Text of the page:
One Man Was a Capitol Police Officer. The Other Rioted on Jan. 6. They’re Both Running for Congress

May 10, 2024by John Raby, Associated Press
One Man Was a Capitol Police Officer. The Other Rioted on Jan. 6. They’re Both Running for Congress
Rioters loyal to President Donald Trump rally at the U.S. Capitol in Washington on Jan. 6, 2021. (AP Photo/Jose Luis Magana, File)

CHARLESTON, W.Va. (AP) — For Derrick Evans, being part of the mob that stormed the U.S. Capitol wasn’t enough. The former West Virginia lawmaker wants to make his path to the halls of Congress permanent.

On the other side of the metal barricades that day, Police Officer Harry Dunn couldn’t stand what he saw as he defended the Capitol and its inhabitants from rioters on Jan. 6, 2021. Ultimately, the Maryland resident watched lawmakers he had protected vote to acquit former President Donald Trump and deny the violence and trauma that led to the deaths of some of his fellow officers.

On Tuesday, Evans and Dunn will make bids for U.S. House seats in their respective state primaries. They come into the election with dramatically different interpretations about what happened that day, and their performance in Tuesday’s primaries in West Virginia and Maryland could hint at whether voters’ opinions about the attack and its meaning have changed over time.

In terrorizing the Capitol for an entire afternoon, rioters wielded pipes, bats and bear spray. They used flagpoles as weapons, brutally beat police officers, chanted that they wanted to hang Vice President Mike Pence, broke through the glass and busted through doors as lawmakers frantically evacuated. A Georgia man bragged that he “fed” a police officer to the mob. More than 100 police officers were injured, many beaten and bloodied. At least nine people who were there died during and after the rioting, including a female rioter who was shot and killed by police.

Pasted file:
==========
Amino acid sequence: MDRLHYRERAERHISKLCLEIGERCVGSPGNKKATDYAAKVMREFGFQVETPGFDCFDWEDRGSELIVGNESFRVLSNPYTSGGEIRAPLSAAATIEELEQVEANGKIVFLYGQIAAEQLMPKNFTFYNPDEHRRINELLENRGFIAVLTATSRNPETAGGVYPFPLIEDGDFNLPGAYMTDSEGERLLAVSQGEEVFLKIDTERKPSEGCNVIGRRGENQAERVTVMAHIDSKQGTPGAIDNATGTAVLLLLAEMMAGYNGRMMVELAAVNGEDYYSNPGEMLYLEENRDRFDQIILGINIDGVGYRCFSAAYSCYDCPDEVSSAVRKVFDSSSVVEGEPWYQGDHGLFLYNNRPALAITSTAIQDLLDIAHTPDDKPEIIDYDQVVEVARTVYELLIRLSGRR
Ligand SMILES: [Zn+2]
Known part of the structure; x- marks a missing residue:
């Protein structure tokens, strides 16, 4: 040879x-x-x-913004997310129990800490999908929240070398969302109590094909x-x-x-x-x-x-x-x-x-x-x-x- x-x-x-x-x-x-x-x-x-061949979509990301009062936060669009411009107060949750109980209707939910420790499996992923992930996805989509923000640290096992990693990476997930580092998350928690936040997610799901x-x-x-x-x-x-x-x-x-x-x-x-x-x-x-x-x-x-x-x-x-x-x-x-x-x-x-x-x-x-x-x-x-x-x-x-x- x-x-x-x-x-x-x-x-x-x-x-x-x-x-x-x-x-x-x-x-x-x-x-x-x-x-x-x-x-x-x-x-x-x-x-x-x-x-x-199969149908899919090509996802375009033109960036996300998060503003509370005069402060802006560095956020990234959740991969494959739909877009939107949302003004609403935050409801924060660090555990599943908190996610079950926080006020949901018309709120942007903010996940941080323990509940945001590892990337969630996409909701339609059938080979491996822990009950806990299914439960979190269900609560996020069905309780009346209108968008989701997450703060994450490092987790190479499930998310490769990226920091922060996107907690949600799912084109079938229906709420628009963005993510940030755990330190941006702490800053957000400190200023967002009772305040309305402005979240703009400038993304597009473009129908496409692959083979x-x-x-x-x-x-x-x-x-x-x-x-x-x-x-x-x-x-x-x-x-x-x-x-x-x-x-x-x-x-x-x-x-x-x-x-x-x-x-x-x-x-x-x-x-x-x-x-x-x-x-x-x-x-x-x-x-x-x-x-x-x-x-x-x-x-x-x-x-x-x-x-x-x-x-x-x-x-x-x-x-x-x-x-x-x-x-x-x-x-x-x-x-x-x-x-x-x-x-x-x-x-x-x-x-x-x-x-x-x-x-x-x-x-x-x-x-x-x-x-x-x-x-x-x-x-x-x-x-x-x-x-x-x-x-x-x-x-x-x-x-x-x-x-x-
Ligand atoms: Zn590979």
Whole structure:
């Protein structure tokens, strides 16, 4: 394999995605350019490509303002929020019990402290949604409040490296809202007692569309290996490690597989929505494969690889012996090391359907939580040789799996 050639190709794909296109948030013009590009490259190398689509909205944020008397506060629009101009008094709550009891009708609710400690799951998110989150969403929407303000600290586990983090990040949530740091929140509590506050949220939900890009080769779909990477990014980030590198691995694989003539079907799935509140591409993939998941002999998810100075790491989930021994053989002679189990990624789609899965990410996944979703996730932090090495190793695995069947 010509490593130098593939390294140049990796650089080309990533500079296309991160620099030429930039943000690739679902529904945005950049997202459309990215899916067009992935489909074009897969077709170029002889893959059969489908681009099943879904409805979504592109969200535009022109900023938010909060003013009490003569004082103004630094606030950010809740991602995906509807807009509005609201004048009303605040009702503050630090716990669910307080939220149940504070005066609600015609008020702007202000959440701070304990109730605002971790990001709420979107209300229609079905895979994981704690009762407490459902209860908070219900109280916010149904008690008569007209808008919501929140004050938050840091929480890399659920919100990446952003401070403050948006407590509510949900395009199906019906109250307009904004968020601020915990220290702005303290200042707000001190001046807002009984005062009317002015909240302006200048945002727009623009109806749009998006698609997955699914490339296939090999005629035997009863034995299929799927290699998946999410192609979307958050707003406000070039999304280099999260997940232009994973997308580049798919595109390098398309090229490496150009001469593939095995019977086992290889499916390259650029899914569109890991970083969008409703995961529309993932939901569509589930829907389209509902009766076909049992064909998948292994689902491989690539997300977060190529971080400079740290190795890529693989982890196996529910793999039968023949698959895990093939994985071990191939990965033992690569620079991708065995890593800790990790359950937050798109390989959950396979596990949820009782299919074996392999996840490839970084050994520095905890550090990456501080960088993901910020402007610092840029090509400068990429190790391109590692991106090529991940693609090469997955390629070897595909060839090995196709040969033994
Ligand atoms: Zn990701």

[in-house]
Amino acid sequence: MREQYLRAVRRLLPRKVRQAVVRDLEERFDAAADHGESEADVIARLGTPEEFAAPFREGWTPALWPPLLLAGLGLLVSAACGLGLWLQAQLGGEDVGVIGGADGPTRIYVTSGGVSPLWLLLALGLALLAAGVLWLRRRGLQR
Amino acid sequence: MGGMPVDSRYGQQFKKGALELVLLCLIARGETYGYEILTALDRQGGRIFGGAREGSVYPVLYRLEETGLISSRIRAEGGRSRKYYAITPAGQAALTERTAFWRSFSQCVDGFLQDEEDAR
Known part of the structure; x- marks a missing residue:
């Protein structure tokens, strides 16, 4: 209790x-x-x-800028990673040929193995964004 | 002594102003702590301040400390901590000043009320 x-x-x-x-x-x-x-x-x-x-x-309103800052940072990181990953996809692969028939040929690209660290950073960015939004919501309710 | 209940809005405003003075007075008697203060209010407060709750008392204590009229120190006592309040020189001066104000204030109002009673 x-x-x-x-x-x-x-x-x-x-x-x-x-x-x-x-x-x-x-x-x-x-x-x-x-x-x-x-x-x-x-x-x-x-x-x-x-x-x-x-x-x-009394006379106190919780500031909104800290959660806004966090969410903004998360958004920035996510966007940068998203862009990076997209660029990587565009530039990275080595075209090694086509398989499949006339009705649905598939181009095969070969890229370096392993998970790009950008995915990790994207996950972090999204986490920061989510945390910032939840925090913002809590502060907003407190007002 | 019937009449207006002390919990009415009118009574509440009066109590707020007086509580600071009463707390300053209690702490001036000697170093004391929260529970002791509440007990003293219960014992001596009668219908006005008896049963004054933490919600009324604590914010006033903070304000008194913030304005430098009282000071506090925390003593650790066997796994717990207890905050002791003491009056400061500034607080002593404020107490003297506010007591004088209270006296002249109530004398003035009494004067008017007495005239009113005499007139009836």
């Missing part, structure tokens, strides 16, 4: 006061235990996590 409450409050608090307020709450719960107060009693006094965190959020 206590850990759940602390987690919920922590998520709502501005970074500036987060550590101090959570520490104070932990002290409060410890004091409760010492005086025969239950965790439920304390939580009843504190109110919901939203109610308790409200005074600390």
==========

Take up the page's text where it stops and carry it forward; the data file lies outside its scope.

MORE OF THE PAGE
More than 1,350 people have been charged with federal crimes related to the Capitol riot. Over 850 of them have been sentenced — roughly two-thirds received prison terms ranging from a few days to 22 years.

The two candidacies “symbolize a shift on the part of the two big parties regarding their commitment to law and order,” said Timothy Naftali, a senior researcher at Columbia University’s School of International and Public Affairs.

It’s remarkable, Naftali said, that on the same day, a former police officer could become a Democratic nominee while Republicans could “select an unrepentant felon” in Evans, who “proudly displays the fact that he violated the law on Jan. 6.”

“That is a split screen that one might not have been able to imagine 15 years ago,” he said.

While Evans is seen as a longshot to unseat an established incumbent and doesn’t have the fundraising advantage Dunn enjoys in Maryland, their candidacies at least raise the possibility that they could serve together while holding starkly different views of the violence and destruction of Jan. 6. But even if Dunn wins and Evans loses, he’d be serving alongside dozens of Republicans who have come to view the defendants as “hostages.”

Dunn, a 40-year-old Democrat, resigned last December from the Capitol Police after more than 15 years of service. He was four years short of pension eligibility.

“I’m running for Congress because the forces that spurred that violent attack on January 6th are still at work in our country today, and as a patriotic American, I believe it is my duty to step up and defend our democracy,” Dunn said.

Dunn leads all candidates in fundraising by wide margins in Maryland’s 3rd District race, with $4.6 million raised and $714,000 cash on hand, according to his latest campaign finance report with the Federal Election Commission.

Evans, a 39-year-old Republican and avid Trump supporter, calls himself the only elected official who “had the courage” to stand behind efforts to temporarily halt certification of President Joe Biden’s 2020 election victory. He livestreamed himself on Facebook cheering on what he described as a “revolution.”